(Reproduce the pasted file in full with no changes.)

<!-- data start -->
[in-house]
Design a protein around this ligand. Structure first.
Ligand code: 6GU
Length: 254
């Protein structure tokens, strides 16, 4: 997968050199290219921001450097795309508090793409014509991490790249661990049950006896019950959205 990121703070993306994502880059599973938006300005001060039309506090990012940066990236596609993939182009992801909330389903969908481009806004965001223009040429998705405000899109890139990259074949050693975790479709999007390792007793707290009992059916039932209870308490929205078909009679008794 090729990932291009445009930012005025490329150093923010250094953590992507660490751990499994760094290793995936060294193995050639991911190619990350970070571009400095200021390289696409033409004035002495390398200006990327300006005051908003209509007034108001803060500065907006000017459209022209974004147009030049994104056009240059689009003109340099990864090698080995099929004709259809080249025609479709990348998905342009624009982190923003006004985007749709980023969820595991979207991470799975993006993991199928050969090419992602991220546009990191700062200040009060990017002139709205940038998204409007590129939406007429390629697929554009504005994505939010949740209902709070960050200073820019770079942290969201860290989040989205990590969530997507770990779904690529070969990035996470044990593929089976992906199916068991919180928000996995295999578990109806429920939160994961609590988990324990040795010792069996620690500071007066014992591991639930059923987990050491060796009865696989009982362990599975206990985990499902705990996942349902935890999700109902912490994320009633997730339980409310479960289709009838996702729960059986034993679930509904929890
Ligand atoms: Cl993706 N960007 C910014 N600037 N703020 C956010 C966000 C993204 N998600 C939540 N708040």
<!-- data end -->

[in-house]
Design a protein around this ligand. Structure first.
Ligand code: 6GU
Length: 254
């Protein structure tokens, strides 16, 4: 997968050199290219921001450097795309508090793409014509991490790249661990049950006896019950959205 990121703070993306994502880059599973938006300005001060039309506090990012940066990236596609993939182009992801909330389903969908481009806004965001223009040429998705405000899109890139990259074949050693975790479709999007390792007793707290009992059916039932209870308490929205078909009679008794 090729990932291009445009930012005025490329150093923010250094953590992507660490751990499994760094290793995936060294193995050639991911190619990350970070571009400095200021390289696409033409004035002495390398200006990327300006005051908003209509007034108001803060500065907006000017459209022209974004147009030049994104056009240059689009003109340099990864090698080995099929004709259809080249025609479709990348998905342009624009982190923003006004985007749709980023969820595991979207991470799975993006993991199928050969090419992602991220546009990191700062200040009060990017002139709205940038998204409007590129939406007429390629697929554009504005994505939010949740209902709070960050200073820019770079942290969201860290989040989205990590969530997507770990779904690529070969990035996470044990593929089976992906199916068991919180928000996995295999578990109806429920939160994961609590988990324990040795010792069996620690500071007066014992591991639930059923987990050491060796009865696989009982362990599975206990985990499902705990996942349902935890999700109902912490994320009633997730339980409310479960289709009838996702729960059986034993679930509904929890
Ligand atoms: Cl993706 N960007 C910014 N600037 N703020 C956010 C966000 C993204 N998600 C939540 N708040």